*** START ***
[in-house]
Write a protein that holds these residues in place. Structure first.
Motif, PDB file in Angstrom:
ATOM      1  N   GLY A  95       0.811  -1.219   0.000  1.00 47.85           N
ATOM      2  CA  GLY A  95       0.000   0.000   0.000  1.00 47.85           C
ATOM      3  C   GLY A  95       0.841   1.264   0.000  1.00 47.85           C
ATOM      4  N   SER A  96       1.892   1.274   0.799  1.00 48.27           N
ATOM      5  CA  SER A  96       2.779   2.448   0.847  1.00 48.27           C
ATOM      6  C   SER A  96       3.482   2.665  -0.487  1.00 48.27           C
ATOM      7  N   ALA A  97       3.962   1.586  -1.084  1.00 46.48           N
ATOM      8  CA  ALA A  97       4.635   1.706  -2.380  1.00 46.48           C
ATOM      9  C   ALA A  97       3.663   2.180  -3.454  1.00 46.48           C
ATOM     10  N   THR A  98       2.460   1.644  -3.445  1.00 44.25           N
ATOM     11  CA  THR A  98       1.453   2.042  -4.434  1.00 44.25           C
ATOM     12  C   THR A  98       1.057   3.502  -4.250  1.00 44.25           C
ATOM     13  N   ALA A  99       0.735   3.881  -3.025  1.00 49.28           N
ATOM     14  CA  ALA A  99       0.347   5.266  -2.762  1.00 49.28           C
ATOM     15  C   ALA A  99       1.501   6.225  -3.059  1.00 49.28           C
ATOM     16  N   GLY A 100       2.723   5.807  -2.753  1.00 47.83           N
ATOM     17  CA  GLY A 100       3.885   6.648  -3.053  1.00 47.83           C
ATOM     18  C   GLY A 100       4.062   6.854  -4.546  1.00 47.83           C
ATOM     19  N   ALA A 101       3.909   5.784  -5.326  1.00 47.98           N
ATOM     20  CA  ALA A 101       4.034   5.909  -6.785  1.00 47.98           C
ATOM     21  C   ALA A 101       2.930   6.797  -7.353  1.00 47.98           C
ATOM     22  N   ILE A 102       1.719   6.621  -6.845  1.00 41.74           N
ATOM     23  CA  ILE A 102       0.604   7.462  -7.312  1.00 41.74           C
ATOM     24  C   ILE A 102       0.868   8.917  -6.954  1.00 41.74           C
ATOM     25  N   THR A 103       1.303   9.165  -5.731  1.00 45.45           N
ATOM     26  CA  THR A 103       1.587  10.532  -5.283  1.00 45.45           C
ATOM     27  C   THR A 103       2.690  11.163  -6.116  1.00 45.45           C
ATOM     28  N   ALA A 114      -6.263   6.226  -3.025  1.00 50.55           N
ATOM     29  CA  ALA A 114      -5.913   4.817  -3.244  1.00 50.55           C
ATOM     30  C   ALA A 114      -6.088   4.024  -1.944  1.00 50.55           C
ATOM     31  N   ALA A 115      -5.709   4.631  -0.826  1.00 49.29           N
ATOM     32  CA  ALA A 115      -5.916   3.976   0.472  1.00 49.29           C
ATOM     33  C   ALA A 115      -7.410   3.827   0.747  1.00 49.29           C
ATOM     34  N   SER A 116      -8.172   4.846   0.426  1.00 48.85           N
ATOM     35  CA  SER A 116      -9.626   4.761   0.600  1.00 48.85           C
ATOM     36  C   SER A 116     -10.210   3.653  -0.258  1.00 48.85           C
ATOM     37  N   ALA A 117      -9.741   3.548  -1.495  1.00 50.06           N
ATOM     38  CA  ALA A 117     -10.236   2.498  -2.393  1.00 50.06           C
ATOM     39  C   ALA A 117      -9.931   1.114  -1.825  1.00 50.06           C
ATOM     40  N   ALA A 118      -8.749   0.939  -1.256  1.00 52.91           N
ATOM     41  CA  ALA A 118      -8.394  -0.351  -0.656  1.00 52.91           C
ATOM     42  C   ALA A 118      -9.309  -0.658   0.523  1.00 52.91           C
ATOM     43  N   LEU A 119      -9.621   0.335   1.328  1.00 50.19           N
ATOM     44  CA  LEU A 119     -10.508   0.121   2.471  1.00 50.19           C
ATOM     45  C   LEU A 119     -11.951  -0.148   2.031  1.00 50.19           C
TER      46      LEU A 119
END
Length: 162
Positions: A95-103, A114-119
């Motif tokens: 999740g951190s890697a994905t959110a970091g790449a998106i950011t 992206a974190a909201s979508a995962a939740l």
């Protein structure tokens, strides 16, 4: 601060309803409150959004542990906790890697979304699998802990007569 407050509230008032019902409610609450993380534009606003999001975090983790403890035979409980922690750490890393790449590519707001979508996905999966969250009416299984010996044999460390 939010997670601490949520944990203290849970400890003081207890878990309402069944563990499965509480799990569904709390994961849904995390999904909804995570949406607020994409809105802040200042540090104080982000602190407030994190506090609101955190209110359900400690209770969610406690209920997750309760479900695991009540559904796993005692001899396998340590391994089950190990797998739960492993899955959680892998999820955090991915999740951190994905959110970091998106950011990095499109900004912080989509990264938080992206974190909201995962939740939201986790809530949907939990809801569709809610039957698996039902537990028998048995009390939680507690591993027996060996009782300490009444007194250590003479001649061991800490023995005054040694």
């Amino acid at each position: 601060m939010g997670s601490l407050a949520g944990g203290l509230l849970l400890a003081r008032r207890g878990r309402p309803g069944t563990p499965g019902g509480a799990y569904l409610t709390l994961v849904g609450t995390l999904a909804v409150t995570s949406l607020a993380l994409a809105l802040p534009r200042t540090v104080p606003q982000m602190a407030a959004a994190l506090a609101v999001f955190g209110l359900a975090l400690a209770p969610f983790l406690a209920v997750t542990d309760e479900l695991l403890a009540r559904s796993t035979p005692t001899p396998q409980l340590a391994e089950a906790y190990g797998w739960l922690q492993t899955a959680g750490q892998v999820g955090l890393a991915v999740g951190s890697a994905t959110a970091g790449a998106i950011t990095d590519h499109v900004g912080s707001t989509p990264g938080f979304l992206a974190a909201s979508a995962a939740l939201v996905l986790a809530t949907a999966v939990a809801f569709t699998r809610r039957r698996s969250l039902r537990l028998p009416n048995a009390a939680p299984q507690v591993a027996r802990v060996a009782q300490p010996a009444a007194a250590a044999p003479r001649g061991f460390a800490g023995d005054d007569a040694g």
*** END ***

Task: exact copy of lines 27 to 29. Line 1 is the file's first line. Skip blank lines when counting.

ATOM     24  C   ILE A 102       0.868   8.917  -6.954  1.00 41.74           C
ATOM     25  N   THR A 103       1.303   9.165  -5.731  1.00 45.45           N
ATOM     26  CA  THR A 103       1.587  10.532  -5.283  1.00 45.45           C